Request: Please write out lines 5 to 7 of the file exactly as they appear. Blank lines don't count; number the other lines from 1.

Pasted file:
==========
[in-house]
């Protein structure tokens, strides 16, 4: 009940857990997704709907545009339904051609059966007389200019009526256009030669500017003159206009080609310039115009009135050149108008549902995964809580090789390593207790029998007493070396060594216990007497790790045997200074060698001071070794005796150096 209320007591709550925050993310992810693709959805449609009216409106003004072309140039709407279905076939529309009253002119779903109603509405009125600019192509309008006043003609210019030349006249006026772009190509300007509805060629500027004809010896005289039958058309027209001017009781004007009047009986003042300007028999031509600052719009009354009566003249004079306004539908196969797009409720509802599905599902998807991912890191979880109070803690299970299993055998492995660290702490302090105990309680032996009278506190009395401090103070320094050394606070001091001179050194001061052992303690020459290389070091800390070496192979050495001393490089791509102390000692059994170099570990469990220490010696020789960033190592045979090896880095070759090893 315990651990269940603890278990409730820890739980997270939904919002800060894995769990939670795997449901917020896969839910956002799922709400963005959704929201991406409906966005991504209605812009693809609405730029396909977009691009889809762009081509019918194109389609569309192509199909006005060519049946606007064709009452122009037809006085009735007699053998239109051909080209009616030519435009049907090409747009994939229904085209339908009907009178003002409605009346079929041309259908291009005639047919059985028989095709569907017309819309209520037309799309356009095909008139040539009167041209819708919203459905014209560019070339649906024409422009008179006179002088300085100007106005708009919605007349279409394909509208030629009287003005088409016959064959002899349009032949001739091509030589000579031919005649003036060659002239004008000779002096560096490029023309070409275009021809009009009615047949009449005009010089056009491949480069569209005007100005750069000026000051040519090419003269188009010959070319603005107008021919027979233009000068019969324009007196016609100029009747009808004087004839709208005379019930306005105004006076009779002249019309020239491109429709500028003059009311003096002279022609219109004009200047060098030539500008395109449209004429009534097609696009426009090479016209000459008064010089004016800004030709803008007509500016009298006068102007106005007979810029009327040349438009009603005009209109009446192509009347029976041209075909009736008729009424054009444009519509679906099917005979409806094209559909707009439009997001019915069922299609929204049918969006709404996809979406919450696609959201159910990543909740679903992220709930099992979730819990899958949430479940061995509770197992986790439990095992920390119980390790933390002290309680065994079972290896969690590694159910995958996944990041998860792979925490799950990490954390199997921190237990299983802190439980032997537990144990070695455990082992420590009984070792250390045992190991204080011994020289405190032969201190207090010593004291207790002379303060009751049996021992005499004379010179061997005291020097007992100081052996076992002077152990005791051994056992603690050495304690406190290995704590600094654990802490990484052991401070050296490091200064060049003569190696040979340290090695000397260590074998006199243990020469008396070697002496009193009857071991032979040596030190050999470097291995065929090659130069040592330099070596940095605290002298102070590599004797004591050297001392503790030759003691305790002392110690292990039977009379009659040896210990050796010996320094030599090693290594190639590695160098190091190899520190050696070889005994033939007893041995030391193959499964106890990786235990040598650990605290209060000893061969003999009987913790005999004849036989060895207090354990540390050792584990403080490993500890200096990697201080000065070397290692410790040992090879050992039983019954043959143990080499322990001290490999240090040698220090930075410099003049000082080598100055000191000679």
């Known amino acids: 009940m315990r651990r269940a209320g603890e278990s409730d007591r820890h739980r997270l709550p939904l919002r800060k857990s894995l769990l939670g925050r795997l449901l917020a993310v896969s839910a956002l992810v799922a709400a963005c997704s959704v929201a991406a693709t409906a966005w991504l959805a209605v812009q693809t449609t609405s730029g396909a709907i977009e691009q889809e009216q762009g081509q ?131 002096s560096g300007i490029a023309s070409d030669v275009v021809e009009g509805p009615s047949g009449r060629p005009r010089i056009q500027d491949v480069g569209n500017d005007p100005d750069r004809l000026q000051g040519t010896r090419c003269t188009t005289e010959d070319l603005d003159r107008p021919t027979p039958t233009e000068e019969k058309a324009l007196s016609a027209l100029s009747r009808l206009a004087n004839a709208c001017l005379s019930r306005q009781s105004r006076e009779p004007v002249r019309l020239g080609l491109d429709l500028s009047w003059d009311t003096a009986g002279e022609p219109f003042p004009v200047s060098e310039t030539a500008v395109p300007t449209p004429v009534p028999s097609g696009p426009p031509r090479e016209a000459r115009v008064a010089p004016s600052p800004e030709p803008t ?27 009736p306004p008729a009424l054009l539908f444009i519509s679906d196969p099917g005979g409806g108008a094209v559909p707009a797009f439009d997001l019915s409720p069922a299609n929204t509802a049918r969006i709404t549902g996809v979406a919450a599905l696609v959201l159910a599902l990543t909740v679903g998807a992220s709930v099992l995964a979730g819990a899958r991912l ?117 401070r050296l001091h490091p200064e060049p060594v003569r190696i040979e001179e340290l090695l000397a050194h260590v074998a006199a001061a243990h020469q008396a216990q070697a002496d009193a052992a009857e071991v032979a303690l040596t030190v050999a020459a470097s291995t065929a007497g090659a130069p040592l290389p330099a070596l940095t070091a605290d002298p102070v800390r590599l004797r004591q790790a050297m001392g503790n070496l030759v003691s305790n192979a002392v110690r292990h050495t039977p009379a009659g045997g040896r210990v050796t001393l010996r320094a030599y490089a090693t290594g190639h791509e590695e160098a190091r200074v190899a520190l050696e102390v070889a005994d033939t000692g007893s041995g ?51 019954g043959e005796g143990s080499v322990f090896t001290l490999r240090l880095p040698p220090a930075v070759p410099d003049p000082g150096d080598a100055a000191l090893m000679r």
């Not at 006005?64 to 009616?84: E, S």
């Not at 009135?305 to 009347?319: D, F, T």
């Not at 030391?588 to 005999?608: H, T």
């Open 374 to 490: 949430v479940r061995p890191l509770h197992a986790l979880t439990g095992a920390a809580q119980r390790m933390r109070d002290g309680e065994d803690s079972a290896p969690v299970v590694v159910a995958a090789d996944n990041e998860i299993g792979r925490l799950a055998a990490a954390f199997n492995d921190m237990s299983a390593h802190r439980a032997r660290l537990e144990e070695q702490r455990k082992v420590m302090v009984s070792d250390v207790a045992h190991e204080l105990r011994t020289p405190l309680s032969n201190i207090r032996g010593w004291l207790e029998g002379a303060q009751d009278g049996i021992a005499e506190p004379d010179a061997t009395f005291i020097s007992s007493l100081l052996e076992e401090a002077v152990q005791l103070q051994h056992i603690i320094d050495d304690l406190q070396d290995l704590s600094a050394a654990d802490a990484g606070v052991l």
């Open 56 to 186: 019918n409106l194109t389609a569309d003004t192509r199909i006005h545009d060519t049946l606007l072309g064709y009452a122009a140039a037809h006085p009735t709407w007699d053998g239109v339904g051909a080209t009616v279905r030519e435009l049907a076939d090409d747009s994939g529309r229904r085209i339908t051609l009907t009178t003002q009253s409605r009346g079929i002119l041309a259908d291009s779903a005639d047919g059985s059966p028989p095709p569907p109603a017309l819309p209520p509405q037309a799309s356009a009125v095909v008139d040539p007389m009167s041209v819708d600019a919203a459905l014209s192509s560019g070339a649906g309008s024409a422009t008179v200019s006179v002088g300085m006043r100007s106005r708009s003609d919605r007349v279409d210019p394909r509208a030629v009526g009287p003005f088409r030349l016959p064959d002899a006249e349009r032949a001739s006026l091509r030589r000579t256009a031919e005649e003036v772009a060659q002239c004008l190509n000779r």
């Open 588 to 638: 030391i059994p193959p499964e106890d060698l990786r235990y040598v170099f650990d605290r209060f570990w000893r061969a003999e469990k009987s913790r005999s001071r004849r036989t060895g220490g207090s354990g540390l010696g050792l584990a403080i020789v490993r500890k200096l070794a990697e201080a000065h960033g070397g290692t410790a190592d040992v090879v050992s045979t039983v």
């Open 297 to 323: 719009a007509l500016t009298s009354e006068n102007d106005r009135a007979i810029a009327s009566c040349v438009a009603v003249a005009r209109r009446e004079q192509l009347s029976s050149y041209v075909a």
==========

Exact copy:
């Not at 009135?305 to 009347?319: D, F, T």
């Not at 030391?588 to 005999?608: H, T």
């Open 374 to 490: 949430v479940r061995p890191l509770h197992a986790l979880t439990g095992a920390a809580q119980r390790m933390r109070d002290g309680e065994d803690s079972a290896p969690v299970v590694v159910a995958a090789d996944n990041e998860i299993g792979r925490l799950a055998a990490a954390f199997n492995d921190m237990s299983a390593h802190r439980a032997r660290l537990e144990e070695q702490r455990k082992v420590m302090v009984s070792d250390v207790a045992h190991e204080l105990r011994t020289p405190l309680s032969n201190i207090r032996g010593w004291l207790e029998g002379a303060q009751d009278g049996i021992a005499e506190p004379d010179a061997t009395f005291i020097s007992s007493l100081l052996e076992e401090a002077v152990q005791l103070q051994h056992i603690i320094d050495d304690l406190q070396d290995l704590s600094a050394a654990d802490a990484g606070v052991l």